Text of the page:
Range-Wide Factors Shaping Space Use and Movements by the Neotropic's Flagship Predator: The Jaguar
34 Pages Posted: 30 Oct 2020 Publication Status: Under ReviewMore...
Large terrestrial carnivores are have undergone some of the largest population and range reductions of any species which is of concern as they have disproportionately large effects on ecosystem dynamics and function. The jaguar is the apex predator throughout the majority of the Neotropics, however, its distribution has been reduced by >50% and throughout the majority of its distribution it survives in increasingly isolated populations. Consequently, the range-wide management of the jaguar (Panthera onca) depends upon maintaining core populations connected through multi-national, transboundary cooperation, which is dependent upon understanding the movement ecology and space use of jaguars throughout their range. Using data from 116 jaguars from 13 ecoregions and seven countries, we examined the landscape-level environmental and anthropogenic factors related to jaguar home range size and movement parameters. Range-wide and at the ecoregional scale home range size decreased with increasing net productivity and increased with increasing road density. Also, range-wide, home range size decreased with increasing forest cover and decreasing human population density. Movement within home ranges was best explained by a different set of environmental covariates. Range-wide predictions of home range size were consistent with expectations based upon available density estimates. Using large-scale collaboration and open source data we overcame typical limitations of small sample sizes and limited geographic distribution of large carnivore data to demonstrate the jaguar as a model organism and in doing so provide a mechanism to evaluate range-wide habitat quality for jaguars and an inferential modeling framework adaptable to the conservation of other large terrestrial carnivores.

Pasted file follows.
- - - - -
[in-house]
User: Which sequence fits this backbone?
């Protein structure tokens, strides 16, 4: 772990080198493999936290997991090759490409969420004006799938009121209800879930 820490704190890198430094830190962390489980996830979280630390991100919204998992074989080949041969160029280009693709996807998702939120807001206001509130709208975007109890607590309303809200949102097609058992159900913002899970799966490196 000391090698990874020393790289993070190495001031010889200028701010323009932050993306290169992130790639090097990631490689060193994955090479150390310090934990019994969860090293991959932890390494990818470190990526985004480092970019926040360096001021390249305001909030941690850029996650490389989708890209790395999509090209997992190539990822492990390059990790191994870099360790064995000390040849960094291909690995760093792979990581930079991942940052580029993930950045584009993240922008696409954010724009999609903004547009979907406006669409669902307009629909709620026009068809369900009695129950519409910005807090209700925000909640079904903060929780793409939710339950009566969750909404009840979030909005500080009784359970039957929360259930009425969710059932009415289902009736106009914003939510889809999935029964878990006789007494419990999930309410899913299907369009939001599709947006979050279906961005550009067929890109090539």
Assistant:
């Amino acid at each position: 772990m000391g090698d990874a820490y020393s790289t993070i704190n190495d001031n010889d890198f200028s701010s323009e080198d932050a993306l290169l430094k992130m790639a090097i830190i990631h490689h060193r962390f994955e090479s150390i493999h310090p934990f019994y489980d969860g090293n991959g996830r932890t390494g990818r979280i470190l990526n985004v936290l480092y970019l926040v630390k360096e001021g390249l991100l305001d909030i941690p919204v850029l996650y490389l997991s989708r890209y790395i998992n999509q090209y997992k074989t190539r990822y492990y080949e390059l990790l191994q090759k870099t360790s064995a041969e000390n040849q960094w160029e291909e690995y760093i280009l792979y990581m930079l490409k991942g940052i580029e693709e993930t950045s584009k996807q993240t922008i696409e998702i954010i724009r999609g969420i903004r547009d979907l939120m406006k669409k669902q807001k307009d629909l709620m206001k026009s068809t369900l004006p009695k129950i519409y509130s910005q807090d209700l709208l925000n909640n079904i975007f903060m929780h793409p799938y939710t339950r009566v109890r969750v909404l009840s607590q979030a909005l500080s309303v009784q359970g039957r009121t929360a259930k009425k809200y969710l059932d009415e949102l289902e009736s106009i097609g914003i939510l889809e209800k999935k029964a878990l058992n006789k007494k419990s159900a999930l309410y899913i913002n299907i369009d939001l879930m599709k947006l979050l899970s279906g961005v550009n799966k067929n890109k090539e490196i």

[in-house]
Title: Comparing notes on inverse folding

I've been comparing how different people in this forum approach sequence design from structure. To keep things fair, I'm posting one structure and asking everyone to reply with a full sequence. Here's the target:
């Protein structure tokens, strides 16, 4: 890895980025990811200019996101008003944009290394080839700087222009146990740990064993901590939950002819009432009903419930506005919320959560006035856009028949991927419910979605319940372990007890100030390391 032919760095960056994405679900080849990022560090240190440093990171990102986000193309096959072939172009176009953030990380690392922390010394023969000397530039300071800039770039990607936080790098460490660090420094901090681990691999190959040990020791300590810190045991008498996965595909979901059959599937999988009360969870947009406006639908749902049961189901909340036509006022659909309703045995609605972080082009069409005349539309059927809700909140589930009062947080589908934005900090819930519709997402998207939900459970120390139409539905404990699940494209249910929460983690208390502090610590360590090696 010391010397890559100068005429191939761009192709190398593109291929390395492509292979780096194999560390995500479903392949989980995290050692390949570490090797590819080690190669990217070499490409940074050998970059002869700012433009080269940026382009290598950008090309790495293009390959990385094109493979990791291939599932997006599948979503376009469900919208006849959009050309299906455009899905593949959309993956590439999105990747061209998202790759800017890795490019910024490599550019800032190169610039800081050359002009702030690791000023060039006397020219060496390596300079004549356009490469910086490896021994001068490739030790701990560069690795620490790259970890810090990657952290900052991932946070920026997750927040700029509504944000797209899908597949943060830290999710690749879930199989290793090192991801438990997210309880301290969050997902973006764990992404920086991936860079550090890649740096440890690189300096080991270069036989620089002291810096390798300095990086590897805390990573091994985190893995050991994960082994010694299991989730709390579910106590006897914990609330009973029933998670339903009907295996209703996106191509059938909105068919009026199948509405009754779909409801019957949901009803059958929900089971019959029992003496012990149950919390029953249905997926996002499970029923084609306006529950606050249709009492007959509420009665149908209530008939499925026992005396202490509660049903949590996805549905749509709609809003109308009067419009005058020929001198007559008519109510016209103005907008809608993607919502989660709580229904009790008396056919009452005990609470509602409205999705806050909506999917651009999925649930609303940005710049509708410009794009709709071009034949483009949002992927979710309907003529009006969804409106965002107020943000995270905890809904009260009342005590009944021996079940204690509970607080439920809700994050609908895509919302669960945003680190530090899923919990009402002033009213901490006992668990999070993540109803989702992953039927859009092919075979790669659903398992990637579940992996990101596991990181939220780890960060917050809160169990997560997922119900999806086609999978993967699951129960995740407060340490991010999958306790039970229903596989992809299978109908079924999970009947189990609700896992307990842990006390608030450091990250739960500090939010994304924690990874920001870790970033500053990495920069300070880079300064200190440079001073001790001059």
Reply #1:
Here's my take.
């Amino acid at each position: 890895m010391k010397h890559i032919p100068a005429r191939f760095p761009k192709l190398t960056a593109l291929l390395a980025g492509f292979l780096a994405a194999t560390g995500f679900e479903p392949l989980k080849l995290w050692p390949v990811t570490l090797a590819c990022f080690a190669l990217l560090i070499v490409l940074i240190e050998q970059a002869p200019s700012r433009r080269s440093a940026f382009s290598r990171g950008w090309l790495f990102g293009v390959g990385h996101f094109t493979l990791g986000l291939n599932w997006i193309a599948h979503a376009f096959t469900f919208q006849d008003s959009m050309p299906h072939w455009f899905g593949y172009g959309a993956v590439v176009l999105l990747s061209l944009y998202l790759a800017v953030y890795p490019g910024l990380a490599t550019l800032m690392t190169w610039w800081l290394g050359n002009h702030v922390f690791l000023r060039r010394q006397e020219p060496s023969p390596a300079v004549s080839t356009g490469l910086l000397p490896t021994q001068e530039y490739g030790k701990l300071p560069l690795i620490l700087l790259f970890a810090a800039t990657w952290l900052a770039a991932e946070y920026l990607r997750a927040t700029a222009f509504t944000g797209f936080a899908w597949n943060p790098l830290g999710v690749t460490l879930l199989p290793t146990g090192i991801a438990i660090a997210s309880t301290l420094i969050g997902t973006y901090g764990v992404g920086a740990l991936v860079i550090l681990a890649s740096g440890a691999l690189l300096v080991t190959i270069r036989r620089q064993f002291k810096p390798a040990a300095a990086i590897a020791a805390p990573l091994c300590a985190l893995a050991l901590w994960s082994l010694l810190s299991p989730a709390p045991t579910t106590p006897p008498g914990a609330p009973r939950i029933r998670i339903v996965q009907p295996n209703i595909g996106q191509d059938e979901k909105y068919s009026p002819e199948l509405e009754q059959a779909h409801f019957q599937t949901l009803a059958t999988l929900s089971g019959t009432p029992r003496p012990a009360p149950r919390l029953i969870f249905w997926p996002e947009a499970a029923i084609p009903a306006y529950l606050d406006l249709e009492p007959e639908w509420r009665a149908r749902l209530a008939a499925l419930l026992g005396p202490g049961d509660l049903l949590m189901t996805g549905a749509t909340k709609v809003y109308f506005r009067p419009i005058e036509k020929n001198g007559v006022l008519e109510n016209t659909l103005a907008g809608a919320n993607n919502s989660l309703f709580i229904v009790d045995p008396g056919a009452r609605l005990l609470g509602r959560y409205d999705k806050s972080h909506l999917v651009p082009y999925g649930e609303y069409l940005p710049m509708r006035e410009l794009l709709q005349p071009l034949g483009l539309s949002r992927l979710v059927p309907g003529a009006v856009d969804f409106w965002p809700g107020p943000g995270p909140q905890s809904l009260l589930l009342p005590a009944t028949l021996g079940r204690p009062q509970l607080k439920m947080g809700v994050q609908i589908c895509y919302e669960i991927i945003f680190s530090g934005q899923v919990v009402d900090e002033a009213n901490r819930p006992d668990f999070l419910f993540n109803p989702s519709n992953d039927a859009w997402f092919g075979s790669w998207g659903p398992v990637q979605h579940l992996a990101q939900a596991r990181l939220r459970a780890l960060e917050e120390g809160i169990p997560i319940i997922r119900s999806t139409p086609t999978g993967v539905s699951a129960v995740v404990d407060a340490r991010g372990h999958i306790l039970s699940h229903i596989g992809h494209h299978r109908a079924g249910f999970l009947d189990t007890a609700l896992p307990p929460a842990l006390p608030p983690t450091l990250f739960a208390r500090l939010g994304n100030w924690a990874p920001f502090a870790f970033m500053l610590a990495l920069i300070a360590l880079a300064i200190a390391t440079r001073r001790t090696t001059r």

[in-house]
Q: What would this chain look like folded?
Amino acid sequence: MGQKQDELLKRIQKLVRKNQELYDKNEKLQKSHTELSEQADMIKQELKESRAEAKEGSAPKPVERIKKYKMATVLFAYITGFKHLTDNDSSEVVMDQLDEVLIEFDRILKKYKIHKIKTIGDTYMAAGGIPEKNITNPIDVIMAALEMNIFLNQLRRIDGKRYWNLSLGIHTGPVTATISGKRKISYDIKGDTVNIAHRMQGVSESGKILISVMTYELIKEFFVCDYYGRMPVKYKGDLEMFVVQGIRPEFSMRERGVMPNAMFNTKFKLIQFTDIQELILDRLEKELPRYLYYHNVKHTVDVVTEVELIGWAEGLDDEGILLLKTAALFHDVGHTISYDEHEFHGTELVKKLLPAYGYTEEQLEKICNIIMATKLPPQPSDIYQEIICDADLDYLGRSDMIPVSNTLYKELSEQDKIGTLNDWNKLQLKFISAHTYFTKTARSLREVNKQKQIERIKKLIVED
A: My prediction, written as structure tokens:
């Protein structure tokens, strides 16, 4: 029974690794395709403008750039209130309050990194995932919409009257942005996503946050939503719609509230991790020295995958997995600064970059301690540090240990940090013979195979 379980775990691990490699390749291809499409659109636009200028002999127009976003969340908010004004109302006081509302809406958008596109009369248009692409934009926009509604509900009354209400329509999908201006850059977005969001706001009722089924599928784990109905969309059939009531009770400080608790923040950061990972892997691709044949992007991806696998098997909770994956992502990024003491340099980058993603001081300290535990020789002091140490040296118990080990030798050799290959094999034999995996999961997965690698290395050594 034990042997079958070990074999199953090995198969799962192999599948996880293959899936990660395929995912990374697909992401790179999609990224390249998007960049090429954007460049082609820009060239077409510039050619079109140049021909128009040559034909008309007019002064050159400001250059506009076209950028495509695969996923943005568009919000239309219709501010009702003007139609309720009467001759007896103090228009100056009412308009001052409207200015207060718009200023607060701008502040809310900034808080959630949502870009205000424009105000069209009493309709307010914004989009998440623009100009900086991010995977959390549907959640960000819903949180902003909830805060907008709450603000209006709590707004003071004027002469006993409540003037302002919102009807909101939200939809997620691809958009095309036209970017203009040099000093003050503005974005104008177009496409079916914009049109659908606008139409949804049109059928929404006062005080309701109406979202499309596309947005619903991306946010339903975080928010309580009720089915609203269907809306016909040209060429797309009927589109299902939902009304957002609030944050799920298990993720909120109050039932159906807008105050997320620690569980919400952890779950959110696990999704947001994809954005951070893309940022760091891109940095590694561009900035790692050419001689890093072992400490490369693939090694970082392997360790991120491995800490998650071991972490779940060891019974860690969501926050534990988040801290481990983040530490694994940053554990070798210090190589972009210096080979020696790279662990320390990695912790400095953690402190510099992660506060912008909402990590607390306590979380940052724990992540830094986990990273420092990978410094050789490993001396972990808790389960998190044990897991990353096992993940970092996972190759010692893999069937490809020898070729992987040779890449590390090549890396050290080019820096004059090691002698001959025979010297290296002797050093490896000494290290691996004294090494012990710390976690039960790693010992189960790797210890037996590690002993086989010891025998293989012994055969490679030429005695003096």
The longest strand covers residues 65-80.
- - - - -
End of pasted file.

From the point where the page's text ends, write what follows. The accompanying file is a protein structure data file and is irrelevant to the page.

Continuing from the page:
Keywords: jaguar, Panthera onca, home range, AKDE, Neotropics, carnivore, Felidae, movement ecology
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